According to the Sensing and Computing for ADAS vehicle 2020 report from Yole Développement: For ADAS vehicles, the sensor and computing market revenue are expected to reach US$8.6 billion in 2020. This market is driven by radars and camera modules with US$3.8 billion and US$3.5 billion, respectively, as they are essential for AEB systems. The system is completed by the computing for ADAS systems with revenue of US$1.3 billion, and LiDAR, which is insignificant. This market is expected to grow at a CAGR of 21% between 2020 and 2025 to reach more than US$22 billion. As the penetration rate of AEB systems is expected to continue its increase, revenues related to radar and camera modules should reach US$9.1 billion and US$8.1 billion, respectively. The computing for ADAS should reach US$3.5 billion and revenue related to LiDAR, which will only be implemented in high-end cars, could reach US$1.7 billion. On the robotic vehicles side, revenues associated with camera, radar and LiDAR are expected to reach US$145 million in 2020 with LiDAR generating US$107 million itself, followed by cameras and radars with US$27 million and US$11 million, respectively. In 2025, revenue generated by these sensors is expected to reach US$956 million at a CAGR of almost 46%. LiDAR will generate US$639 million, followed by cameras and radars with US$228 million and US$89 million, respectively. At the same time, the annual production of robotic vehicles will grow from 4,000 units today to 25,000 units, including robo-taxies and shuttles.
To conclude, a lot of hope has been put on ADAS vehicles to enable automated driving. However, OEMs have now realized that making ADAS vehicles autonomous is much more complex than expected, as different types of sensors have to be integrated, high amounts of data has to be processed and crashes are forbidden. In the meantime, robo-taxies have become a reality, powered by tech giants able to process a huge amount of data with chips reaching more than 250TOPS. Robo-taxies are now disrupting ADAS vehicles and tech giants will soon enter the ADAS world. Waymo has already partnered with Fiat-Chrysler, Renault-Nissan and, more recently, Volvo, to develop robo-taxies. Other similar partnerships should follow in the near future.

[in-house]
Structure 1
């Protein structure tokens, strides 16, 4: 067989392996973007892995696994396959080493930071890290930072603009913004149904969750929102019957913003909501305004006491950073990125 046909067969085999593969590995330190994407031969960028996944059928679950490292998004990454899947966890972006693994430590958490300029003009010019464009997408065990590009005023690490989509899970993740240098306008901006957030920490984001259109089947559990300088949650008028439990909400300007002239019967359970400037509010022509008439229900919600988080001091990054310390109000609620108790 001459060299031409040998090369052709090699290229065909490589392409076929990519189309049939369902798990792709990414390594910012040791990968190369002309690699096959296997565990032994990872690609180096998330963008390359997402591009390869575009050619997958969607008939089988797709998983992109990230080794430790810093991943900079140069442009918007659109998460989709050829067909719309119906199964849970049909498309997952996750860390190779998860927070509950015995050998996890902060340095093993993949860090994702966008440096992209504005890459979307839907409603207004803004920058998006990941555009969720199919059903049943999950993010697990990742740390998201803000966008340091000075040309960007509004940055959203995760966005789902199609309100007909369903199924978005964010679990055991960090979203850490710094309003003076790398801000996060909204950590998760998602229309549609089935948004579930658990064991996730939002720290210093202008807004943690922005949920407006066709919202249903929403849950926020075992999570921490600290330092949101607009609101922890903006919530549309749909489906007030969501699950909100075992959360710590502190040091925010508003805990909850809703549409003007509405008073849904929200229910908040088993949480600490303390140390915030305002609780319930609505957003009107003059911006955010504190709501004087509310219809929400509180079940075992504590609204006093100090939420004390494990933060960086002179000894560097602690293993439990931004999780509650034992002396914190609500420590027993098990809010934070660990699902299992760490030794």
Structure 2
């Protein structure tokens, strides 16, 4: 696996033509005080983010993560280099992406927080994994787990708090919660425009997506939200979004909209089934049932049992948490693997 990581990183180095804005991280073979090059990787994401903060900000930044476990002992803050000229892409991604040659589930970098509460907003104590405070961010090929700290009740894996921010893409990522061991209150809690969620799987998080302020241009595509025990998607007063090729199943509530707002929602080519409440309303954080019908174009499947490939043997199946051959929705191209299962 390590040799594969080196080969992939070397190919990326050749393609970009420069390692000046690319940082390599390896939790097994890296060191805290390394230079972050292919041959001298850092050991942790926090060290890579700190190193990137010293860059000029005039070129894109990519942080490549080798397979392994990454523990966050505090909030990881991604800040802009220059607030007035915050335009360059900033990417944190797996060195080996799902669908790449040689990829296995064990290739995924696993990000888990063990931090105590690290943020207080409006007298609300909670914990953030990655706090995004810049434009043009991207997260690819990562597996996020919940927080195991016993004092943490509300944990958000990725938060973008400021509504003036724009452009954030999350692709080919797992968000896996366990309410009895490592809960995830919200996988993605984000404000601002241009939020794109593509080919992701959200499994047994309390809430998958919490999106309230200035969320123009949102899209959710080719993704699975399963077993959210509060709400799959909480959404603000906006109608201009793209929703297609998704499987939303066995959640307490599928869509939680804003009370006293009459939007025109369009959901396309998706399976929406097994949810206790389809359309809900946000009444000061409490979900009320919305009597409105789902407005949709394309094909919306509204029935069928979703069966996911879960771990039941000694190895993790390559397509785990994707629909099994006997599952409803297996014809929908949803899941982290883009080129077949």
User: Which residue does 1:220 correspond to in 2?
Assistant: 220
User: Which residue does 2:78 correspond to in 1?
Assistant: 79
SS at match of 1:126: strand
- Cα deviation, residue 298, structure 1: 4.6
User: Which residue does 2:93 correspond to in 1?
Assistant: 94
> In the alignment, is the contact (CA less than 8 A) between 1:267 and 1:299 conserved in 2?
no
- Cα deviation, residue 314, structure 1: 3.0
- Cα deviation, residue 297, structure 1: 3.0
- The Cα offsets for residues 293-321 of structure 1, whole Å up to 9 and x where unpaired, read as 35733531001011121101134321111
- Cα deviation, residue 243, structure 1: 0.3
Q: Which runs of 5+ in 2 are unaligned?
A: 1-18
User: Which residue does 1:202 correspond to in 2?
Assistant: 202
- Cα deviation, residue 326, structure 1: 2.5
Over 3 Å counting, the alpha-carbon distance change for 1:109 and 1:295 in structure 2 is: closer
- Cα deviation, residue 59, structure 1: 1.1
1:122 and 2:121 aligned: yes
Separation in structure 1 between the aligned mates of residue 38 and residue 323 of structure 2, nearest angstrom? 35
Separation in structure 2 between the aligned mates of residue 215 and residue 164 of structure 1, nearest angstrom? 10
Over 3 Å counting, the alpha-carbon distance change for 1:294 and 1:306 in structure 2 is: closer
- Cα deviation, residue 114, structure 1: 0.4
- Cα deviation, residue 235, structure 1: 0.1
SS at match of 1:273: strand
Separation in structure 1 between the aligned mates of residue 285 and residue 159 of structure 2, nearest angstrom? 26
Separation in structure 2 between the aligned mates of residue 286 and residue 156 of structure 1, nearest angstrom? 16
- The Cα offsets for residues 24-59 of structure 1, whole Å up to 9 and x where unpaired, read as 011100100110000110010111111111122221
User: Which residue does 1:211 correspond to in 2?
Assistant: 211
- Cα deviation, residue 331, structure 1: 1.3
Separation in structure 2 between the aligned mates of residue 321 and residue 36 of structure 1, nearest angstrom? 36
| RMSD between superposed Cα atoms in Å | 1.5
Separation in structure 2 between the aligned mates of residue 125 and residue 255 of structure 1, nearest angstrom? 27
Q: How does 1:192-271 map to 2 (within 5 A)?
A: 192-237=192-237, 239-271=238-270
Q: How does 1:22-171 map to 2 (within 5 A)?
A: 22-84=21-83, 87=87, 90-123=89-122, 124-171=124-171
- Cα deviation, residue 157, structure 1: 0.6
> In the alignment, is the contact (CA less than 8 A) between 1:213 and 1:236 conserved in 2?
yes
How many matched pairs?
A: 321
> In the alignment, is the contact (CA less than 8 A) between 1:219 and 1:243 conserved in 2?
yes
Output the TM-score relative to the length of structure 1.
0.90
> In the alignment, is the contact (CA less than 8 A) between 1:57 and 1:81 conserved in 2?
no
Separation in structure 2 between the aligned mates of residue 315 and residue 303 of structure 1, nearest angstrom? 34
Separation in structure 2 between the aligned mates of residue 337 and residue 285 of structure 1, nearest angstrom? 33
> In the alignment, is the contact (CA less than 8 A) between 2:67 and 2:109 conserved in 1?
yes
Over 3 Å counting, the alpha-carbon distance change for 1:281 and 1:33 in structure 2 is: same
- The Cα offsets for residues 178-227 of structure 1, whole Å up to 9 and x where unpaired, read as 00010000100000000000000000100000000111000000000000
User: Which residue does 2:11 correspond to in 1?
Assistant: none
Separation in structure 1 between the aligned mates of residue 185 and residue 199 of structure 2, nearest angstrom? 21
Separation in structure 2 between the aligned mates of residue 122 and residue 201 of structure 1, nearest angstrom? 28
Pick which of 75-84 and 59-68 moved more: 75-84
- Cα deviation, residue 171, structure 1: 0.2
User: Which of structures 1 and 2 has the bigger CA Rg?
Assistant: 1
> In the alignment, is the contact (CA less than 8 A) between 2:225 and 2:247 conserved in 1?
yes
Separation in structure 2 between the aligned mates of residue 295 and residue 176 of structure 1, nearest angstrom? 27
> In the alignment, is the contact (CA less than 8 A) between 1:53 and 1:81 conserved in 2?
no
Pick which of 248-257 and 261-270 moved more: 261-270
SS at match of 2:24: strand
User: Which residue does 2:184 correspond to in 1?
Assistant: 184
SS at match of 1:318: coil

This article was published in Automobil Elektronik: see Aufstieg und Fall von ADAS und die Disruption durch autonome Fahrzeuge
About the authors
Pierre Cambou MSc, MBA, is a Principal analyst in the Photonics and Sensing Division at Yole Développement (Yole).Pierre’s mission is dedicated to imaging related activities by providing market & technology analyses along with strategy consulting services to semiconductor companies.
At Yole, Pierre is responsible for the CIS Quarterly Market Monitor while he has authored more than 15 Yole Market & Technology reports.
Pierre has an Engineering degree from Université de Technologie de Compiègne (France) and a Master of Science from Virginia Tech. (VA, USA). Pierre also graduated with an MBA from Grenoble Ecole de Management (France).
As part of the Photonics and Sensing division at Yole Développement (Yole), Pierrick Boulay works as Market and Technology Analyst in the fields of Solid-State Lighting and Lighting Systems to carry out technical, economic and marketing analysis. Pierrick has authored several reports and custom analysis dedicated to topics such as general lighting, automotive lighting, LiDAR, IR LEDs, UV LEDs and VCSELs. Prior to Yole, Pierrick has worked in several companies where he developed his knowledge on general lighting and on automotive lighting. In the past, he has mostly worked in R&D departments for LED lighting applications. Pierrick holds a master’s degree in Electronics (ESEO – Angers, France).